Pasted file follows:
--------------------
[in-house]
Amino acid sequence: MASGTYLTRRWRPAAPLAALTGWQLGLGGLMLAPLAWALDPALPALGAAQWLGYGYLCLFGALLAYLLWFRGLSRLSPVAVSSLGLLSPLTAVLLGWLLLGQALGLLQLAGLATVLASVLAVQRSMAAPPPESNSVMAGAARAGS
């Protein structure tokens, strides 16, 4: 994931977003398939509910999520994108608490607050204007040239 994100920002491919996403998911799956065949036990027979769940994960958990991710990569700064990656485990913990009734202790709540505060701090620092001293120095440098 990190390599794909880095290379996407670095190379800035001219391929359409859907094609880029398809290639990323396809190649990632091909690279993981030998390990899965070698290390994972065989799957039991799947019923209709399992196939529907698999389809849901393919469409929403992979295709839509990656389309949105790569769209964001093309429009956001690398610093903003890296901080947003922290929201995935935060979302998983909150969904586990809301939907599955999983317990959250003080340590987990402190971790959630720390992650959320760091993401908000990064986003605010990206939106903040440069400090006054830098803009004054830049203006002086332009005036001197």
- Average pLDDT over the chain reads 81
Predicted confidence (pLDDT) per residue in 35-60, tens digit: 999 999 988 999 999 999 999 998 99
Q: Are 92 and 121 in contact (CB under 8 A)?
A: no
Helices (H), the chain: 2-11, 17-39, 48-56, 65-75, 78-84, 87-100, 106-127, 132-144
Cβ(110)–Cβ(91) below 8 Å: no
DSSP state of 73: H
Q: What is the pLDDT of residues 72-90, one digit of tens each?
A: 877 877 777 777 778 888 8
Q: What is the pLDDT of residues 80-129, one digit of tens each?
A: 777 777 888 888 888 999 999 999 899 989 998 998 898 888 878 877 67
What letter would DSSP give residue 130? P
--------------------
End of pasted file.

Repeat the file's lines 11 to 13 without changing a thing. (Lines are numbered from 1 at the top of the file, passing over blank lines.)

Q: What is the pLDDT of residues 72-90, one digit of tens each?
A: 877 877 777 777 778 888 8
Q: What is the pLDDT of residues 80-129, one digit of tens each?